Jim, a department manager you depended on highly, just announced he’s changing careers to become a zoologist. You are desperate to fill his position and are doing everything you can to ensure you bring in someone equally talented (although perhaps with a slightly lower love of animals). You’ve sifted through a stack of resumes higher than the Burj Dubai. You had someone do a quick phone screen to eliminate obvious “oops” candidates. You cleared your schedule (that was a painful chore), and you are ready to being interviewing.
In walks Candidate A. You shake hands, introduce yourself (wondering silently what kind of an odd name “Candidate A” is), and you both sit down. There is a pause-which stretches slowly into a crushing silence. Candidate A is looking expectantly at you, paragraphs of well-rehearsed wisdom ready to be dropped into any question you might pose. And you realize you have absolutely nothing to say. Then you wake up and realize that this was a dream. But still, you wonder, how do you make the best use of the interview time to be sure you are ready to make a decision about your next hire?
Not All Interviews Are Created Equal
Just as all jobs are not the same, all interviews shouldn’t be the same. After all, you’re looking for different skills and problem solving abilities-even different personalities-for different roles. Therefore, not all interviews should use the exact same questions. That said, there are some general approaches that are better than others.
The key to all good interviews is to prepare. Create an interview guide for the position with some consistent questions for all candidates and some tailored to each individual.
Reread the resume. I can’t emphasize this enough. Not having read the resume does not make you appear busy and powerful. It makes you appear unprepared and uncaring. Who wants to work for a boss like that?
The Good, the Mediocre, and the Unspeakably Awful
A good interview moves you smoothly along the path of determining whether to invite the candidate to continue the interview process, and (hopefully) encourages the candidate to remain enthusiastic or remove himself from consideration (better to know now!).
A mediocre interview doesn’t do any particular harm, but doesn’t do much good either. The interviewer is generally left to make a “gut feel” decision based on how the person interviewed. This is generally a fairly poor predictor of success in the job.
Unspeakably awful interviews are just that: interviews that damage your company’s image and reputation and may even put the company at legal risk. Here are some examples:
- The interviewer talks about himself and the company for the entire interview.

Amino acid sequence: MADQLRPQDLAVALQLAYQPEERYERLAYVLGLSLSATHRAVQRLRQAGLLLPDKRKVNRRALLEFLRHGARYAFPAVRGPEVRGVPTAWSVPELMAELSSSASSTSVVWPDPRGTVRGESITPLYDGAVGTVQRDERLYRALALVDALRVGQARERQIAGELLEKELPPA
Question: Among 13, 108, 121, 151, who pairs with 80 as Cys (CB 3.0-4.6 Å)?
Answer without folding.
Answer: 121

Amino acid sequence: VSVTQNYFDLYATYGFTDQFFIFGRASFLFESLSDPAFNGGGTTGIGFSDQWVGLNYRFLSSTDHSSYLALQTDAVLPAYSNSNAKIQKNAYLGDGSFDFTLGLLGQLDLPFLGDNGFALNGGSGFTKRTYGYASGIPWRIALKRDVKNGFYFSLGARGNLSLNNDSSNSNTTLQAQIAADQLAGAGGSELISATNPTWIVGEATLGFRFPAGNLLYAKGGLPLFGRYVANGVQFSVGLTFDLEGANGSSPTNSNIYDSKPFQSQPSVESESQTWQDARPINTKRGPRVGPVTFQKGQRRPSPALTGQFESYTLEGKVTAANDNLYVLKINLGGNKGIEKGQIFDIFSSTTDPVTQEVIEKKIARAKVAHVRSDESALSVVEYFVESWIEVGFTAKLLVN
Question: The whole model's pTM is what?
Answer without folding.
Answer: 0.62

- The interviewer makes the candidate sit and wait for 45 minutes-and then reads the resume for the first time in front of the candidate.
- The interviewer asks seriously stupid or illegal questions. I’m not talking generically dumb or useless questions (those are generally harmless and fall under the mediocre column); I’m talking bone-jarringly stupid questions. Like “So, what did you think of Lisa, my secretary?” or “What should I get my wife to make up for the fight we had last night?” (I wish I were making this up.)
Why waste your time asking questions that won’t help you make a decision about the candidate? If all you plan to base your decision on is whether you like the person, why not make small talk and forget interview questions? The answer is you shouldn’t make a hiring decision solely based on whether you like a person or not. You need to be sure they are a great fit for the company, the culture, the position, and the style of decision making the job entails.
One or two thoughts before I tell you which (in my opinion) are the gold-standard Best and Worst interview questions of all time.
Not all Best questions are “best” for all interviewers or all jobs. Certainly, you should use your judgment. Similarly, not all Worst questions are “bad” for all situations. Well, yes, they are always bad. So I’ve included some ways to modify them to make them better questions.
Finally, I am not a fan of predictable questions that get rehearsed answers. You would be unlikely to ask a candidate “Would you consider a paycheck a necessary consideration for employment?” because you know the answer will be ‘yes.’ So there is no need to ask-it wastes time and may diminish you in the eyes of the interviewee.
The Five Best Interview Questions
Here are the best questions I’ve found over the years, starting with my all-time favorite.
1. What is your colleagues’ biggest misconception about you? In all likelihood, the candidate has never heard this question, but it is a question he should be able to answer with a little thought. Give him a little time to think-after all, that’s part of what you’re trying to uncover: how does he react when something new is thrown his way. This question can be used at any level of the organization or in any industry. It doesn’t require special knowledge about anything except himself-and your candidate should be an expert about himself! It does require self-awareness and willingness to think a bit differently. One frequent answer is “Nothing-I’m a very open person-what you see is what you get.” I generally probe a bit with that answer, but you have to judge based on the candidate’s reaction.